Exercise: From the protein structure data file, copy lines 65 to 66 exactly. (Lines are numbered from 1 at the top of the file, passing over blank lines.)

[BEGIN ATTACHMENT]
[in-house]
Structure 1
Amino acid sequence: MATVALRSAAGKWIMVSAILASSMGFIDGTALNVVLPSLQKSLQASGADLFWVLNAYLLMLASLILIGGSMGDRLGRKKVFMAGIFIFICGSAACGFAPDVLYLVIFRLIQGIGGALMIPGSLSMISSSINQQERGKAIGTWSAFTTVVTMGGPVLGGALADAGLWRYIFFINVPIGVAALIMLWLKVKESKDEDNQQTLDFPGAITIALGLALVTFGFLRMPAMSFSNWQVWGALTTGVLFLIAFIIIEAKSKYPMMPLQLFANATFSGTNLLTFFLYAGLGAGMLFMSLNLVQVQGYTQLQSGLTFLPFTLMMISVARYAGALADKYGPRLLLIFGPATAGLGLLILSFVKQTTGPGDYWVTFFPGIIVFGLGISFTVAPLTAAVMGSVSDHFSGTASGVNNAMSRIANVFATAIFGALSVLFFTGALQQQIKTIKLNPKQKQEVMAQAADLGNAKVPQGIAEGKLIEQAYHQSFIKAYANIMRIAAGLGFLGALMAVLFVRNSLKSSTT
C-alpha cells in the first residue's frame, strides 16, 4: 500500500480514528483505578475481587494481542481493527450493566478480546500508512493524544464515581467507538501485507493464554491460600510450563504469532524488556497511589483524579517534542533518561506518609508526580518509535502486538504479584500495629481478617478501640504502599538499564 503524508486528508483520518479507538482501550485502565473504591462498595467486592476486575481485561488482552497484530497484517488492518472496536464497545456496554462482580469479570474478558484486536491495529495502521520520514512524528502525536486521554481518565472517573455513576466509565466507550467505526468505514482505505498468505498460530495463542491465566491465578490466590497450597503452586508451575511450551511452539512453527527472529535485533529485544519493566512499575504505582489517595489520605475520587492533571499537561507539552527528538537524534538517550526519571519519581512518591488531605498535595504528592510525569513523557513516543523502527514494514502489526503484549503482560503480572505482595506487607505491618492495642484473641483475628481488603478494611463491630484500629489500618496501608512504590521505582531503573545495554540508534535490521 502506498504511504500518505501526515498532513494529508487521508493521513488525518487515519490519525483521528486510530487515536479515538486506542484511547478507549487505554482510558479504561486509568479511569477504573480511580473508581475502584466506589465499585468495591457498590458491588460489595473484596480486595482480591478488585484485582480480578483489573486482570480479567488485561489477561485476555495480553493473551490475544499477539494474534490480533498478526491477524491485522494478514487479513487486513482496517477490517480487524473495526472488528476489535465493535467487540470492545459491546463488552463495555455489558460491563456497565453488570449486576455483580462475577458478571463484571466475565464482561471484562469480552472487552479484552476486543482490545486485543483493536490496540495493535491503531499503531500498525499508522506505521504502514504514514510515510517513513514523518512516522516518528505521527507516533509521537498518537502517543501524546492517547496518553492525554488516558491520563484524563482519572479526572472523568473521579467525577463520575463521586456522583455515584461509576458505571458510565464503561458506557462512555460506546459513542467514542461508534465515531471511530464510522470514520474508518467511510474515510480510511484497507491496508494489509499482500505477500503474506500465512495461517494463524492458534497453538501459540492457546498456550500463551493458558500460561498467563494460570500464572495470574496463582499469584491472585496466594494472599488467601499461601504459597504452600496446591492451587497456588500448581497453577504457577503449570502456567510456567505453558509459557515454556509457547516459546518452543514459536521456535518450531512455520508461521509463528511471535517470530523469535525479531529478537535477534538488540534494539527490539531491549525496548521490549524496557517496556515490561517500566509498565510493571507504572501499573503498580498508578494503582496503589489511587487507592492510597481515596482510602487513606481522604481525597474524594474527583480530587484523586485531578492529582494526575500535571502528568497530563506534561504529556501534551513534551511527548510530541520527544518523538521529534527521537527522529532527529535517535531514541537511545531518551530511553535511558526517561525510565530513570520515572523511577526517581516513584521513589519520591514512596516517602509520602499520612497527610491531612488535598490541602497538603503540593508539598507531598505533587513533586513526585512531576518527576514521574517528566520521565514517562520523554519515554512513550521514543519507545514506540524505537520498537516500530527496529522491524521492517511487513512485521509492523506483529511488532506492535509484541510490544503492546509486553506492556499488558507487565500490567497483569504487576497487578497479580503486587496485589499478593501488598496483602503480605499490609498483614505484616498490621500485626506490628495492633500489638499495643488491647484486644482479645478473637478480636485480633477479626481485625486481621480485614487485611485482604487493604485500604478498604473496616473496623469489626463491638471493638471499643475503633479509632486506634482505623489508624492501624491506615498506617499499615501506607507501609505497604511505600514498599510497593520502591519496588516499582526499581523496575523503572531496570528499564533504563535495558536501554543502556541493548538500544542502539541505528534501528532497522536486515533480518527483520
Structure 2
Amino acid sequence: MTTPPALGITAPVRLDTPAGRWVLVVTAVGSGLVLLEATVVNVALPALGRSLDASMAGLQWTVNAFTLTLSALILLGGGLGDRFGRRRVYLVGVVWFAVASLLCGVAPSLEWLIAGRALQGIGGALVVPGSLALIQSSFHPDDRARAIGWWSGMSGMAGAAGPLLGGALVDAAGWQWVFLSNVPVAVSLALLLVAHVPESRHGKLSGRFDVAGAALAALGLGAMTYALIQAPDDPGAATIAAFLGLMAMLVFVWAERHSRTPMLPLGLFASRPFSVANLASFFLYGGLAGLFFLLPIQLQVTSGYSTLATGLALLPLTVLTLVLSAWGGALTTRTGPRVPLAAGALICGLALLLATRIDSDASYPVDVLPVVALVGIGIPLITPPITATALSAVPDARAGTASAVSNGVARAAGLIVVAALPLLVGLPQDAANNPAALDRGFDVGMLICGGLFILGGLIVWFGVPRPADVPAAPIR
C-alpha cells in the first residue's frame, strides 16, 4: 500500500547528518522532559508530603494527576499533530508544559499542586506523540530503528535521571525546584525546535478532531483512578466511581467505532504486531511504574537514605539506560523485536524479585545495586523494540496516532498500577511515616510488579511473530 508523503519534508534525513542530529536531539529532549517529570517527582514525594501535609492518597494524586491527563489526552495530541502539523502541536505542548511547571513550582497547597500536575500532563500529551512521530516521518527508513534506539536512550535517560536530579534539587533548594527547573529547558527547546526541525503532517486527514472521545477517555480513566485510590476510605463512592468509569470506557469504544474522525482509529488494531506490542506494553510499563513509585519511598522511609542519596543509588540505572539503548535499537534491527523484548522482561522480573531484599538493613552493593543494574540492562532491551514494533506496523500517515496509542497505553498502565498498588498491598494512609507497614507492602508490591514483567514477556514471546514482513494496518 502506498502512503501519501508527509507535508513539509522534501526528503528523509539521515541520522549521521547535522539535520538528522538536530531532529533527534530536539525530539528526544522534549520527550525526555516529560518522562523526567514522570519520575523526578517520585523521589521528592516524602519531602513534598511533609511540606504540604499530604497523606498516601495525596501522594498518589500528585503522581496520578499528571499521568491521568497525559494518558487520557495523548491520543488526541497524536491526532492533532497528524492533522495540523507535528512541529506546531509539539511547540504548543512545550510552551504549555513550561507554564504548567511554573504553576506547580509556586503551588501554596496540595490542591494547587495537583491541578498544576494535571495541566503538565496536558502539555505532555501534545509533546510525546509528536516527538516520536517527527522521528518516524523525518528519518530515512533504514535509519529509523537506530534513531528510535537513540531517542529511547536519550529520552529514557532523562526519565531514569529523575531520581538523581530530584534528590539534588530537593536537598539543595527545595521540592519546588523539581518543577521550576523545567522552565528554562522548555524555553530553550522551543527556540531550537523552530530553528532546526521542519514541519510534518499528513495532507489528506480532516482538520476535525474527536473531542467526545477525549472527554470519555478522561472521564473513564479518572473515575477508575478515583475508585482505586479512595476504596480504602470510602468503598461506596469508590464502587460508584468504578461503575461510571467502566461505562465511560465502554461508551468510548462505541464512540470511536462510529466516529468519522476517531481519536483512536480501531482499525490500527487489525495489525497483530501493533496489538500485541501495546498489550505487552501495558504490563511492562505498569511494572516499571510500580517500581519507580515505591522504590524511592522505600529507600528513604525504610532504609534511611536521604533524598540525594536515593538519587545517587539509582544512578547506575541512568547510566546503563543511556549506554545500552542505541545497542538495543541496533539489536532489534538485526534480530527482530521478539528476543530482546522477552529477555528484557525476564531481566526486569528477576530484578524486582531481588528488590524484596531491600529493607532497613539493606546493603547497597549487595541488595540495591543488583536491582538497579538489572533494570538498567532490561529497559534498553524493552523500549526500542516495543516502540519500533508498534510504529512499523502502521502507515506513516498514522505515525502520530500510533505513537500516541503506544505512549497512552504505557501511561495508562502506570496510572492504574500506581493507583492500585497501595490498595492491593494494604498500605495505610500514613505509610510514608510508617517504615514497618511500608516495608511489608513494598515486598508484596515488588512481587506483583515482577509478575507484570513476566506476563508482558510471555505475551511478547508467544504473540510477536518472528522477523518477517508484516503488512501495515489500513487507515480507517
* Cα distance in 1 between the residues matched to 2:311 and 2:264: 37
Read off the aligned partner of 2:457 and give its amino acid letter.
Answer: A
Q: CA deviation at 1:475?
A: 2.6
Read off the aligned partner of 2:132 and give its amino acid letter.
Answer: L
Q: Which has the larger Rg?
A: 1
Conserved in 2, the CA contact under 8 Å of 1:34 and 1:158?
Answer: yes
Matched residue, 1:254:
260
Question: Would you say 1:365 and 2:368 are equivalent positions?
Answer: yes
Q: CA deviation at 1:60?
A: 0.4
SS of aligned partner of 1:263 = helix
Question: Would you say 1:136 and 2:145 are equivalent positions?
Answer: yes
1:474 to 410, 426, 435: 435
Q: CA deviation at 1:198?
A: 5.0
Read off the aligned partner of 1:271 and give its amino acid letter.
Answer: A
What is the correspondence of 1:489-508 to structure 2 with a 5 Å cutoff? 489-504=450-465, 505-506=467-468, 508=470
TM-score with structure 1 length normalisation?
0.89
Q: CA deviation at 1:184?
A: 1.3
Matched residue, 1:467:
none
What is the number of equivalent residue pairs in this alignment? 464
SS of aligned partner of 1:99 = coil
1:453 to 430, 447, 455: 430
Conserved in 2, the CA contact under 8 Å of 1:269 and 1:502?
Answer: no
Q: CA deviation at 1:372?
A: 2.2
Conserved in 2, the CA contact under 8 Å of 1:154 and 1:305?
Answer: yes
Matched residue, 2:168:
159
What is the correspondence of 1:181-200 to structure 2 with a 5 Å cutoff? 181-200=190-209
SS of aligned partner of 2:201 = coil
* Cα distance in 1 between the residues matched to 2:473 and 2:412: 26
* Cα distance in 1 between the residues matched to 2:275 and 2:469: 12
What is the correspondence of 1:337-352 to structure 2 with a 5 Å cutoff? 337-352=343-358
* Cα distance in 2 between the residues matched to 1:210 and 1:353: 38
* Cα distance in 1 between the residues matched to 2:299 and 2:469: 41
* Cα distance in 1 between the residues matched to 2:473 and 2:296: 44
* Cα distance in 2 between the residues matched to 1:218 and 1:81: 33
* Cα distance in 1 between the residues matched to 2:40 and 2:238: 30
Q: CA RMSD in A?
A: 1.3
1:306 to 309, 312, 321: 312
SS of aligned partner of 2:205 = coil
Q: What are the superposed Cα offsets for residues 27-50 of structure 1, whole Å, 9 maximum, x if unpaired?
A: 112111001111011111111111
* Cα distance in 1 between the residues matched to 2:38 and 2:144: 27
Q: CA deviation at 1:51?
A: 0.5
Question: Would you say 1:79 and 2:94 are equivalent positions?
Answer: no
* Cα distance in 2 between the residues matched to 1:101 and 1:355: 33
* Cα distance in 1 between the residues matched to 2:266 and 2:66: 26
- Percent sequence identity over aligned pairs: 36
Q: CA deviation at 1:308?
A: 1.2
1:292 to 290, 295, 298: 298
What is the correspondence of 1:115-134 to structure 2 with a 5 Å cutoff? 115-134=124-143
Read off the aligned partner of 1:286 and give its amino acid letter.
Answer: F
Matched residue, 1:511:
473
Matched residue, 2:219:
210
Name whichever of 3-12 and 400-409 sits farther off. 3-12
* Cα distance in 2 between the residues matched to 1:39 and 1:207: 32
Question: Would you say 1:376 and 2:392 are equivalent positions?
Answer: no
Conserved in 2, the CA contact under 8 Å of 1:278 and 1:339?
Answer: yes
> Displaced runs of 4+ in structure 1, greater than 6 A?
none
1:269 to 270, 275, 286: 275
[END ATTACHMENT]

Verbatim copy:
Q: What are the superposed Cα offsets for residues 27-50 of structure 1, whole Å, 9 maximum, x if unpaired?
A: 112111001111011111111111